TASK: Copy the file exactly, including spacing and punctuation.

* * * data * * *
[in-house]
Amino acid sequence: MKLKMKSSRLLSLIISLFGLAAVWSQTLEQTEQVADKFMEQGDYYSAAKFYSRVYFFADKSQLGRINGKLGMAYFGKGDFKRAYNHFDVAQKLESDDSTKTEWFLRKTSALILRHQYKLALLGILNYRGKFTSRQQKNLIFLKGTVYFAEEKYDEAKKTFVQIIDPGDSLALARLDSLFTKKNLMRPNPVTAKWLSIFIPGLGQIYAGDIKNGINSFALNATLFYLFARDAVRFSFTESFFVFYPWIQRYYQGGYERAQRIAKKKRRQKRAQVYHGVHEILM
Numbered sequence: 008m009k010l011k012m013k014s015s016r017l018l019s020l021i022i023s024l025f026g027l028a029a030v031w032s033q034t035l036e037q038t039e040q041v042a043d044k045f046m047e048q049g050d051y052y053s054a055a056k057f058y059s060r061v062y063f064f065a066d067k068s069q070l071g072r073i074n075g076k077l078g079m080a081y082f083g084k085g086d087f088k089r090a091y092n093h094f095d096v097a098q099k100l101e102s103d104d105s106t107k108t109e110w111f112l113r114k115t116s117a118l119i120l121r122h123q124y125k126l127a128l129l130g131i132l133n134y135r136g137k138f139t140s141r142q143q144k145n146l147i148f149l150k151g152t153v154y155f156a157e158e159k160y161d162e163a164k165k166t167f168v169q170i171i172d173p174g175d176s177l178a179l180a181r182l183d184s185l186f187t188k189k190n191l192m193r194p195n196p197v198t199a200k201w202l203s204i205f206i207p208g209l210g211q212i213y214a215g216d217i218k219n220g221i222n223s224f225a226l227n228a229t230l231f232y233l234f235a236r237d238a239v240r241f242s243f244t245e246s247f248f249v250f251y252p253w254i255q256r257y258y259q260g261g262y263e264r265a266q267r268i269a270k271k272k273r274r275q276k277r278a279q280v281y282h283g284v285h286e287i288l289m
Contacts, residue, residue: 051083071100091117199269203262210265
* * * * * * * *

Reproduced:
[in-house]
Amino acid sequence: MKLKMKSSRLLSLIISLFGLAAVWSQTLEQTEQVADKFMEQGDYYSAAKFYSRVYFFADKSQLGRINGKLGMAYFGKGDFKRAYNHFDVAQKLESDDSTKTEWFLRKTSALILRHQYKLALLGILNYRGKFTSRQQKNLIFLKGTVYFAEEKYDEAKKTFVQIIDPGDSLALARLDSLFTKKNLMRPNPVTAKWLSIFIPGLGQIYAGDIKNGINSFALNATLFYLFARDAVRFSFTESFFVFYPWIQRYYQGGYERAQRIAKKKRRQKRAQVYHGVHEILM
Numbered sequence: 008m009k010l011k012m013k014s015s016r017l018l019s020l021i022i023s024l025f026g027l028a029a030v031w032s033q034t035l036e037q038t039e040q041v042a043d044k045f046m047e048q049g050d051y052y053s054a055a056k057f058y059s060r061v062y063f064f065a066d067k068s069q070l071g072r073i074n075g076k077l078g079m080a081y082f083g084k085g086d087f088k089r090a091y092n093h094f095d096v097a098q099k100l101e102s103d104d105s106t107k108t109e110w111f112l113r114k115t116s117a118l119i120l121r122h123q124y125k126l127a128l129l130g131i132l133n134y135r136g137k138f139t140s141r142q143q144k145n146l147i148f149l150k151g152t153v154y155f156a157e158e159k160y161d162e163a164k165k166t167f168v169q170i171i172d173p174g175d176s177l178a179l180a181r182l183d184s185l186f187t188k189k190n191l192m193r194p195n196p197v198t199a200k201w202l203s204i205f206i207p208g209l210g211q212i213y214a215g216d217i218k219n220g221i222n223s224f225a226l227n228a229t230l231f232y233l234f235a236r237d238a239v240r241f242s243f244t245e246s247f248f249v250f251y252p253w254i255q256r257y258y259q260g261g262y263e264r265a266q267r268i269a270k271k272k273r274r275q276k277r278a279q280v281y282h283g284v285h286e287i288l289m
Contacts, residue, residue: 051083071100091117199269203262210265